How First Responders Can Reduce Opioid Overdose Deaths

Opiate painkiller overdoses are at epidemic levels in the United States, but the public health and public safety systems have not adapted sufficiently in response. A simple, inexpensive and life saving reform would be to have police, firefighters and other first responders carry naloxone (aka Narcan) as standard equipment.

Naloxone is a medication that reverses the effects of opiate overdose for about 30 minutes, which can be the difference between getting someone to the hospital and needing to get them to the morgue. There is some medical risk in its administration, but certainly less than letting an overdose persist. Because it is available as an intranasal spray formulation, no training in injection is needed in order to administer it. Naloxone administration should be accompanied by some basic life support (e.g., putting people in the recovery position, checking for airway blockage, doing CPR if necessary), but first responders already have those skills. They can therefore be trained to add naloxone administration to their clinical repertoire at little marginal cost.

Police in Quincy, Massachusetts have started carrying naloxone and the Boston Globe reports that they are reversing about one opioid overdose every 10 days. Disappointingly, firefighters have thus far refused to do so, even though they have had the training. I hope they change their minds before someone dies needlessly on their watch.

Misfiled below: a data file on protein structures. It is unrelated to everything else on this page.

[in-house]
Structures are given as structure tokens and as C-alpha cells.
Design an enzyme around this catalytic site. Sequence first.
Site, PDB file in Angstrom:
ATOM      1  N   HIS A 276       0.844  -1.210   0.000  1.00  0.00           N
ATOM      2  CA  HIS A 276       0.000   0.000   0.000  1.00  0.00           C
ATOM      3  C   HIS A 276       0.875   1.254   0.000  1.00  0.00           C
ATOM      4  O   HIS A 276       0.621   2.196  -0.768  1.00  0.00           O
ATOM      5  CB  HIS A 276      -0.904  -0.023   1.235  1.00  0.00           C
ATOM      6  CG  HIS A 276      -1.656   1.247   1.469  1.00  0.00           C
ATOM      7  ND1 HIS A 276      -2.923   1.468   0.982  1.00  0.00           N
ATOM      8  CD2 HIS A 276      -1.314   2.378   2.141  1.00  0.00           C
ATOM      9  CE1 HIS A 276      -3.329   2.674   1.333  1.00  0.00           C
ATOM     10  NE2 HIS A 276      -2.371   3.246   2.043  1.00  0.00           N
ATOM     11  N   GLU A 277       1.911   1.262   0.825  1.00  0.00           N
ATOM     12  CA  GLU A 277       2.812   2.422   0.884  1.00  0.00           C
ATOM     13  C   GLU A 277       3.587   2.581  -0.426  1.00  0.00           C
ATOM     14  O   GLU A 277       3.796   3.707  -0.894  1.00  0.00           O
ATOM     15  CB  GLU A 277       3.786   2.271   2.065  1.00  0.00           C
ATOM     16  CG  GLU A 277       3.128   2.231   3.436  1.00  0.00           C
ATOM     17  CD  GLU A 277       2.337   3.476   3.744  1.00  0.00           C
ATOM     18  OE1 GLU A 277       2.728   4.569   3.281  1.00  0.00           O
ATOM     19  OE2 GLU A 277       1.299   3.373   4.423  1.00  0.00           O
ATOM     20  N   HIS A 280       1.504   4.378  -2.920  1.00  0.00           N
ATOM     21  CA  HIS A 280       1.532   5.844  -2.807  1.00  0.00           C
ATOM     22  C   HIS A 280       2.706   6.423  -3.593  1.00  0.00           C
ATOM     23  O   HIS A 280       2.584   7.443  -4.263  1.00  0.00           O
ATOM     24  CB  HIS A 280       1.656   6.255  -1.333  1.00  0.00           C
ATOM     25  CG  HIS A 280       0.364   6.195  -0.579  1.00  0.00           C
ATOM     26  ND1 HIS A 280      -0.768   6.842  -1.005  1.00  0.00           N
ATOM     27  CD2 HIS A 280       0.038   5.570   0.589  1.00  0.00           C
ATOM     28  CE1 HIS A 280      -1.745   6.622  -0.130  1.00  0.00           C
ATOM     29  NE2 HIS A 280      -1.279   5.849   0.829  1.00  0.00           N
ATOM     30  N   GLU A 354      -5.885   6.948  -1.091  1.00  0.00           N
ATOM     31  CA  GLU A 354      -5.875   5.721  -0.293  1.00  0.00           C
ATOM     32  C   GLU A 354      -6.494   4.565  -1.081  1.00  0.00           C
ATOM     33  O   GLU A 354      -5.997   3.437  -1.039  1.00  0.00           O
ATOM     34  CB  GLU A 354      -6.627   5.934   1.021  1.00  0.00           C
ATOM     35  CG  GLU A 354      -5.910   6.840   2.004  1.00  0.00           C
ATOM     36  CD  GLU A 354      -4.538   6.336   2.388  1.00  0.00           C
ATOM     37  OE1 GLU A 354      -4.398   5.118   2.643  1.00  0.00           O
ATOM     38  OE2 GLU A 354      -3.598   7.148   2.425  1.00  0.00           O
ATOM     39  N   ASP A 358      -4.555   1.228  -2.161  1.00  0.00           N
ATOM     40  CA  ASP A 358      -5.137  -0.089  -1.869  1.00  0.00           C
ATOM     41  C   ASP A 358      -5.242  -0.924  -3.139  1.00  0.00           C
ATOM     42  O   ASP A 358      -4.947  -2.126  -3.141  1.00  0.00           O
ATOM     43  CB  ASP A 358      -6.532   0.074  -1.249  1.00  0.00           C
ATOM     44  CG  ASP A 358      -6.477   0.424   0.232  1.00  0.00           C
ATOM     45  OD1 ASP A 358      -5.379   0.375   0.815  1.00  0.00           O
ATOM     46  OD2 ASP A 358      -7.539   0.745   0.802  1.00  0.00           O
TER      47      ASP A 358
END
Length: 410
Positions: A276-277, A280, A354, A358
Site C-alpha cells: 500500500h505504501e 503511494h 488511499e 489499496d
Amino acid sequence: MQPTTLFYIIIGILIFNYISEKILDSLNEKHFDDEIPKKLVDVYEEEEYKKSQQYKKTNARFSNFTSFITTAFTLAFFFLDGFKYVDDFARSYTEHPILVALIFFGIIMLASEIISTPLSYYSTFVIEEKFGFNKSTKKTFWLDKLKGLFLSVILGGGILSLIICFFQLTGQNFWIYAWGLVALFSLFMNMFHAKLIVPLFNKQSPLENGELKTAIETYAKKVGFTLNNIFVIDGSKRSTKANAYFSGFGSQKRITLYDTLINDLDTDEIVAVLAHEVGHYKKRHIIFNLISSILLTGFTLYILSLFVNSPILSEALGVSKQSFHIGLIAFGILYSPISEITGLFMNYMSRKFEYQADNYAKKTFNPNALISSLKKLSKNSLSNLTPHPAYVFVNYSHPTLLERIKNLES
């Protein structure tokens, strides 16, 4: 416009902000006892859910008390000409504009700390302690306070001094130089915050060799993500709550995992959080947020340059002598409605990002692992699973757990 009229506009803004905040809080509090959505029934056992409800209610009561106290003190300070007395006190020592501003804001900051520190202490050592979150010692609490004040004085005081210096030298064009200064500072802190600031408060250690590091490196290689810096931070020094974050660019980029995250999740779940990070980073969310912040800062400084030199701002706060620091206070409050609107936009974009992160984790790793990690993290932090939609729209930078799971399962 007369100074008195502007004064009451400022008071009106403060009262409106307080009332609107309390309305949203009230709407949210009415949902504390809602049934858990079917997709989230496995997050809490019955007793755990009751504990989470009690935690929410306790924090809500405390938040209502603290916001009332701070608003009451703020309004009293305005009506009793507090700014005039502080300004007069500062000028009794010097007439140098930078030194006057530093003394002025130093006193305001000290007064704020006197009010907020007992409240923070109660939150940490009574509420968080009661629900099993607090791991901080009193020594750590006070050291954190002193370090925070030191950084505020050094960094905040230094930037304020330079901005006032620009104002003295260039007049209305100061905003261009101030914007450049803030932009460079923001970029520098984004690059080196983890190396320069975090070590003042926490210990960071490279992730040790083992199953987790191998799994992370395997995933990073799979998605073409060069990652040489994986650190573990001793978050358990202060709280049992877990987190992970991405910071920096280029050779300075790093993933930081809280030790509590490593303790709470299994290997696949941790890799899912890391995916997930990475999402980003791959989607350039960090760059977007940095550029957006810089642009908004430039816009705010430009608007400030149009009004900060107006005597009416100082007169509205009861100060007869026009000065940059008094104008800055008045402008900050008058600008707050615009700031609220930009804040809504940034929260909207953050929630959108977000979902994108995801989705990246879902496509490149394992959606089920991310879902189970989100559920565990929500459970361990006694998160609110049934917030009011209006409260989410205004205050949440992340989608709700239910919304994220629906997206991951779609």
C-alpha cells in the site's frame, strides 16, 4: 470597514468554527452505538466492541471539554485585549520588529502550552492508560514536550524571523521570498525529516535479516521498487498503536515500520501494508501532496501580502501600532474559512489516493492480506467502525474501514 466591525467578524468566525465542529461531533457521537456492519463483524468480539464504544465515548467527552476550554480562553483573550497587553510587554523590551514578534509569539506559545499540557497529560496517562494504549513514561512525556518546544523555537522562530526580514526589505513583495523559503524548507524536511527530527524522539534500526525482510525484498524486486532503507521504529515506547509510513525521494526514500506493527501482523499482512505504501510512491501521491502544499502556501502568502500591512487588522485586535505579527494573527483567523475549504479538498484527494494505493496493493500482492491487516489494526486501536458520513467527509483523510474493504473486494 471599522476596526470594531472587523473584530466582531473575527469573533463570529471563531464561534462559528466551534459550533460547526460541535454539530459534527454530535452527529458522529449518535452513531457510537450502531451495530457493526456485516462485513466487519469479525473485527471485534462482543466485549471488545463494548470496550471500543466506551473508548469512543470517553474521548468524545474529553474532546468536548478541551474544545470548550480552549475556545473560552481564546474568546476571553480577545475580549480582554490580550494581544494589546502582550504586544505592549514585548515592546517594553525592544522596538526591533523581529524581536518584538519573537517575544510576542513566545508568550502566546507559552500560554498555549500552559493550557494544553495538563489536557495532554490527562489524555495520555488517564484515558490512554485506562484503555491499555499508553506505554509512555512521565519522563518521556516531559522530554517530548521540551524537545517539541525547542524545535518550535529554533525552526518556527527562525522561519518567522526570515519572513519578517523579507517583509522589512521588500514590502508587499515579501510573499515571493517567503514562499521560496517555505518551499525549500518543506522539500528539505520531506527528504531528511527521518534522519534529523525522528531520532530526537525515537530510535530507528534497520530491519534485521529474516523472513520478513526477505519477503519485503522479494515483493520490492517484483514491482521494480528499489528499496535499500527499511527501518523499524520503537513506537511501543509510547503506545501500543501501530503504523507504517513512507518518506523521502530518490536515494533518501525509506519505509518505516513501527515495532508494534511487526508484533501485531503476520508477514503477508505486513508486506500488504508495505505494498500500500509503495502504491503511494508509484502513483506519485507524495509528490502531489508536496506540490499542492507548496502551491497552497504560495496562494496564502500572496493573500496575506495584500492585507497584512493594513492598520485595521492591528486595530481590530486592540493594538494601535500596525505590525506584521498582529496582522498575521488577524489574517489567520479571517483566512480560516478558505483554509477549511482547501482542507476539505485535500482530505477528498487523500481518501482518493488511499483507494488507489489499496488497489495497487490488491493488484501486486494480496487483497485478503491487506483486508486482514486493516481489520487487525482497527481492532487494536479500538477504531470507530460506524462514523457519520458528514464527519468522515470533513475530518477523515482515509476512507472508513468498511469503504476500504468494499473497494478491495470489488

I have been working with my home state of West Virginia on this issue, after testifying about naloxone in front of a committee chaired by a legislator who is also fortunately enough a physician (Senator Ron Stollings, M.D.). The Senator is lead sponsor on a bill to equip first responders to carry and administer naloxone; it passed the senate unanimously last week.

Relative to other things I have advocated for over the years, it wasn’t hard to get elected officials interested; I think the lack of naloxone availability in the U.S. stems less from strong opposition to it (though there is some of that, as the Quincy firefighters demonstrate) and more from most people not having heard of the medication or understanding how it can enhance public health. I hope therefore that everyone who lives in a city or state with an opiate overdose problem will spread the word to their elected officials. Their ears may be more open than you imagine.

Author: Keith Humphreys

Keith Humphreys is the Esther Ting Memorial Professor of Psychiatry at Stanford University and an Honorary Professor of Psychiatry at Kings College London. His research, teaching and writing have focused on addictive disorders, self-help organizations (e.g., breast cancer support groups, Alcoholics Anonymous), evaluation research methods, and public policy related to health care, mental illness, veterans, drugs, crime and correctional systems. Professor Humphreys' over 300 scholarly articles, monographs and books have been cited over thirteen thousand times by scientific colleagues. He is a regular contributor to Washington Post and has also written for the New York Times, Wall Street Journal, Washington Monthly, San Francisco Chronicle, The Guardian (UK), The Telegraph (UK), Times Higher Education (UK), Crossbow (UK) and other media outlets.

8 thoughts on “How First Responders Can Reduce Opioid Overdose Deaths”

  1. It would be wise not just to have first responders, but also injection drug users and their families, to have naloxone available. They can be trained to handle naloxone just as easily and of course are motivated to save lives of the people close to them.